Last Night's GOP Debate: Rick Santorum's Slow Exit

[credit: AP photo]
So, there it is; Rick Santorum is toast. Let me explain why.

During last night's CNN debate, when talking about the No Child Left Behind Act, Santorum cracked this gem:
I voted for that. It was against the principles I believed in, but when you’re part of the team, sometimes you take one for the team for the leader. And I made a mistake.
Um, WOW.

Okay, so a couple of things happened in this relatively short comment.

1. Firstly, Rick Santorum admitted that he 'made a mistake'. It is indeed a rarity in politics that a politician admits making a mistake. Let alone a politician who is running for president.

Some might argue that this is refreshing, others a sign of weakness. I simply fall into the category of shocked.

2. Secondly, a point perhaps even more intriguing to me than Santorum admitting making a mistake lies in the second sentence in that quote:
It was against the principles I believed in, but when you’re part of the team, sometimes you take one for the team for the leader.
Yes, you read that correctly; Santorum said that he set aside his principles and followed his party.

In nearly all political arguments in any ideological background I hear people touting their candidate's independence of thought. The comment always comes up in the form of, 'My Guy does not kowtow to his party.' or 'Candidate X will stand up to people -- even in his own party!'

Well, last night Mr. Santorum admitted to the country that he buckles under pressure from his party leaders. Oh sure, he thinks that it was a mistake, but conservatives -- particularly in the Tea Party movement -- will be hard-pressed to support someone who abandons their principles in favor of what is tantamount to political 'peer pressure'. Folks in the Tea Party movement, and elsewhere, want someone representing them who shares their values and ideals. But that person needs to fight for those values and ideals when challenged. Santorum's admission flies in the face of that.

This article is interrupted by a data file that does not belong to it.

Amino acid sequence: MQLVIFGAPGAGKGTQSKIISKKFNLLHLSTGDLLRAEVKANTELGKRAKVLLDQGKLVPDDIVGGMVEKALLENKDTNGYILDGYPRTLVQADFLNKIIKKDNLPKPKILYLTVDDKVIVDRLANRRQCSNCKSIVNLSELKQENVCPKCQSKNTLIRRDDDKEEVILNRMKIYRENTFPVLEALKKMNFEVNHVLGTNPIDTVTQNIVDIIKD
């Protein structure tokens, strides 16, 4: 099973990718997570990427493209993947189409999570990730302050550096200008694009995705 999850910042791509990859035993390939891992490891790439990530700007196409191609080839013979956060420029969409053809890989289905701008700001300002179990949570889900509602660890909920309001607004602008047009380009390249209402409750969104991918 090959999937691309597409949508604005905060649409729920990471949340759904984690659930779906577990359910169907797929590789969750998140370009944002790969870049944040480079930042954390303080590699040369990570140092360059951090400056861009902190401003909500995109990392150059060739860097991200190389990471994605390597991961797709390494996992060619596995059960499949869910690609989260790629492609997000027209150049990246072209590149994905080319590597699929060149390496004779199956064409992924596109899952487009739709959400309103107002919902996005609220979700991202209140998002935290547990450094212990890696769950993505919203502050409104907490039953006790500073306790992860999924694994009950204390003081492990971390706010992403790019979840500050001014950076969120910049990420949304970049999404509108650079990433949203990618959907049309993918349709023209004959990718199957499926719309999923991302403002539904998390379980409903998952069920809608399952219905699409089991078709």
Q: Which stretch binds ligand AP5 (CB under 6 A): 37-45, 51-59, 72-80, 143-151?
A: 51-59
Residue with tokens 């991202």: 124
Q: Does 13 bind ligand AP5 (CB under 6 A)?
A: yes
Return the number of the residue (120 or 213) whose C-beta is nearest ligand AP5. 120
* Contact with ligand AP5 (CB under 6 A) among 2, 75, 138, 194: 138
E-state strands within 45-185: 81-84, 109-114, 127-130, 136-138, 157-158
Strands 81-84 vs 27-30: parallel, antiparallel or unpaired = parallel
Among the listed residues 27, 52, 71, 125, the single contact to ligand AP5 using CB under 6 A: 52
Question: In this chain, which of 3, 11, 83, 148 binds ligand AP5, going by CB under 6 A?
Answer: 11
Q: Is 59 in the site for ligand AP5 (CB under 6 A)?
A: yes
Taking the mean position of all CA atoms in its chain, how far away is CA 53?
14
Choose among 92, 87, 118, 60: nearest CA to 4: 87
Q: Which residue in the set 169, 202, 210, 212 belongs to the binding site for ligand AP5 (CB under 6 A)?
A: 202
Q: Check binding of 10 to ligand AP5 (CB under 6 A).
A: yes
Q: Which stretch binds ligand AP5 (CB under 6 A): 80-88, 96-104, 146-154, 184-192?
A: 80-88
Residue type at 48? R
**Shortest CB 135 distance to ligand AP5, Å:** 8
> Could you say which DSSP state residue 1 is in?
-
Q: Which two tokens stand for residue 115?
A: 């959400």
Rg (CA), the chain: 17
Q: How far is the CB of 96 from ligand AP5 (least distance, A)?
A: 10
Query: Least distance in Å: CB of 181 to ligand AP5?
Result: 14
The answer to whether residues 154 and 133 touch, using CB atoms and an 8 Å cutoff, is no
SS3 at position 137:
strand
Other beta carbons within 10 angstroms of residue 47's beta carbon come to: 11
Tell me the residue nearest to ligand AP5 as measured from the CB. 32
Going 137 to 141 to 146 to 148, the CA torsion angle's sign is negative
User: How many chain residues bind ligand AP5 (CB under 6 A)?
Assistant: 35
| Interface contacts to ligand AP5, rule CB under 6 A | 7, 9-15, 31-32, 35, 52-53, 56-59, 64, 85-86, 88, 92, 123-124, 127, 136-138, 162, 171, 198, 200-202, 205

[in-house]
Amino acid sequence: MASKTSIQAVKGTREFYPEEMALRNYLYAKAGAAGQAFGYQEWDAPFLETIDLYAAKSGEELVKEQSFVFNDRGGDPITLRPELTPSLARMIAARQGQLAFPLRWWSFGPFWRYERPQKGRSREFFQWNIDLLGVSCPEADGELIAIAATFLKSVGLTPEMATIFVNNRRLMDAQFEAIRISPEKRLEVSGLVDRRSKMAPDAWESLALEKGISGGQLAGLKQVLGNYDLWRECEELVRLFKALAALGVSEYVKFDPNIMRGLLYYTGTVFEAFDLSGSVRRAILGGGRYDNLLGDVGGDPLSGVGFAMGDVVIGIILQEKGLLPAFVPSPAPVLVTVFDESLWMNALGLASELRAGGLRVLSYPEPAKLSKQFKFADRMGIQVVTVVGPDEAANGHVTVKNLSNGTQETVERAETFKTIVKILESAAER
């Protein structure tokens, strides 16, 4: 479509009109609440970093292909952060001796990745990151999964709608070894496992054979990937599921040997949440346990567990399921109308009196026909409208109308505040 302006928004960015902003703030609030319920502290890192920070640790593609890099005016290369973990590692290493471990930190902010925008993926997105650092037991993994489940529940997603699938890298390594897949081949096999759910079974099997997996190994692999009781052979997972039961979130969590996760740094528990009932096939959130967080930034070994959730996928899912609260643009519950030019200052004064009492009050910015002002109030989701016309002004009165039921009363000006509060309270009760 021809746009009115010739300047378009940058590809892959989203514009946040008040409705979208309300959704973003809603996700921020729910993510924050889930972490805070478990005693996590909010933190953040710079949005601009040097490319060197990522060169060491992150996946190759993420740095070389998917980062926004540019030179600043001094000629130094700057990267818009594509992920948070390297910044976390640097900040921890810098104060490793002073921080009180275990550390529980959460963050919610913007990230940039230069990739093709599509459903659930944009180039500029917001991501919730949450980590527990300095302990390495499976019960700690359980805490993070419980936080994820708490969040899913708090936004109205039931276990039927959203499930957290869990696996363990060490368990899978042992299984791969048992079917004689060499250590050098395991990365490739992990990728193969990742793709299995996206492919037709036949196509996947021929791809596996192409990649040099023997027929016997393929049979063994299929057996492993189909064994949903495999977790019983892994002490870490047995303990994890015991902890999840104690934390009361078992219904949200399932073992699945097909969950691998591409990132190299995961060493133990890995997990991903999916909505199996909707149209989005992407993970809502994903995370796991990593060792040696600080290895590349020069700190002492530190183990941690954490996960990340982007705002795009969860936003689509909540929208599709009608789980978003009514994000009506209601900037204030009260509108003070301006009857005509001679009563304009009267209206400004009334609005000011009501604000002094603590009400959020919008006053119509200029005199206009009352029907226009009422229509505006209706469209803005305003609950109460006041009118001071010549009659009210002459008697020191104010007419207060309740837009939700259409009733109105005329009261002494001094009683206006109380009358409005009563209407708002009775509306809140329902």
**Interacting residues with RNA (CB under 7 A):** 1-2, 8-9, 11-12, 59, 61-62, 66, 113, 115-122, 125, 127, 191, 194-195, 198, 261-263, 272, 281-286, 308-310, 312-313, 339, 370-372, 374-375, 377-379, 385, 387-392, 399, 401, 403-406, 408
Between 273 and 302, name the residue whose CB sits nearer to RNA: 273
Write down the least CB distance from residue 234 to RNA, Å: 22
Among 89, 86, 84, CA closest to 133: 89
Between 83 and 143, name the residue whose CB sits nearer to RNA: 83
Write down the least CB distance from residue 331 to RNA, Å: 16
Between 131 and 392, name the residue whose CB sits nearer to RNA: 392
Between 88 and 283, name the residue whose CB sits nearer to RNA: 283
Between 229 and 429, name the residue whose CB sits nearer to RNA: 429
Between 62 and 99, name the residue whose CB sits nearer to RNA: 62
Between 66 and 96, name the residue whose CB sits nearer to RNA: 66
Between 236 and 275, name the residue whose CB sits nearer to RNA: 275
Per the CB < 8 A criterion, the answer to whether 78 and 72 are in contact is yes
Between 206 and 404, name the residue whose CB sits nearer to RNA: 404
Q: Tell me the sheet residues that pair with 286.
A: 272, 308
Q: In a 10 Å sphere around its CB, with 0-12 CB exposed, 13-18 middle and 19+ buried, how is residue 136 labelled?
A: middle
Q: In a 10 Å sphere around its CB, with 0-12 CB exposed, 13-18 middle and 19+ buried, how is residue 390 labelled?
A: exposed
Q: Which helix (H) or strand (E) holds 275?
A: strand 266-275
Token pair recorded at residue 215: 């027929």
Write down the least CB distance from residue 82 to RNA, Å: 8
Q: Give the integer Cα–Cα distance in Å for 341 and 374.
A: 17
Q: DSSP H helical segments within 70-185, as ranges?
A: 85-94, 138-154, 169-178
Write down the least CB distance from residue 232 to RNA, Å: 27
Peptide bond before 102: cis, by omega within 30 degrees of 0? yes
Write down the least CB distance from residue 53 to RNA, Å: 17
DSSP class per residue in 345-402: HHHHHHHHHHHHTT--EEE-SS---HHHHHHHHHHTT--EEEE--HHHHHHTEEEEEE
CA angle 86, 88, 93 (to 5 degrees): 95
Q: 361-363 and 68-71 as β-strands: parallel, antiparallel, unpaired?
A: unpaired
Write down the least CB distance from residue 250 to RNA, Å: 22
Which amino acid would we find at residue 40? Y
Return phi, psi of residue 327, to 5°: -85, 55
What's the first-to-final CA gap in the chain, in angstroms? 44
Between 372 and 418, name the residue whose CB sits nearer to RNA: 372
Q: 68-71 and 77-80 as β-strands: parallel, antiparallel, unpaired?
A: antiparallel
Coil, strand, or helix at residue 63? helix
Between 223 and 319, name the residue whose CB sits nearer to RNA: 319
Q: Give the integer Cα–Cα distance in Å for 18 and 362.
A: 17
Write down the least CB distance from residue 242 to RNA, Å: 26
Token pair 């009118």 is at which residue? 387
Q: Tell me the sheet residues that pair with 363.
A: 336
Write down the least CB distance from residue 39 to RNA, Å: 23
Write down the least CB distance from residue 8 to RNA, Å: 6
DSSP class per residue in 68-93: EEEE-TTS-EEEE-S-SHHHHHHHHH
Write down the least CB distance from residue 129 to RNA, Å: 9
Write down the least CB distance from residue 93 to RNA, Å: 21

3. Lastly, overall, there was no major shift in power as a result of the collective performance.

Ron Paul was consistent, as always. You know what you are getting with the Ron Paul candidacy -- and he never makes any big headlines at the debates.

Newt Gingrich was clearly no longer a front-runner and made no real efforts to regain that status. He made some good points, and got several good applause lines, but I think that he knows that he's still in the race simply because folks like Sheldon Adelson continue to pump money into his campaign. If this was 2008, Newt would have dropped out months ago.

Mitt Romney had a few good one-liners, but largely appeared to be the same guy that he was in the previous 19 debates; the Guy To Beat.

In the end, I think that this debate was Santorum's to lose -- and lose he did. His seemingly endless, meandering responses to questions on earmarks and the V-22 Osprey (the most essential air platform for our Marines!) left many-a-head spinning. Most importantly, he needed to show that he was going to take down Mitt Romney -- and that just did not happen.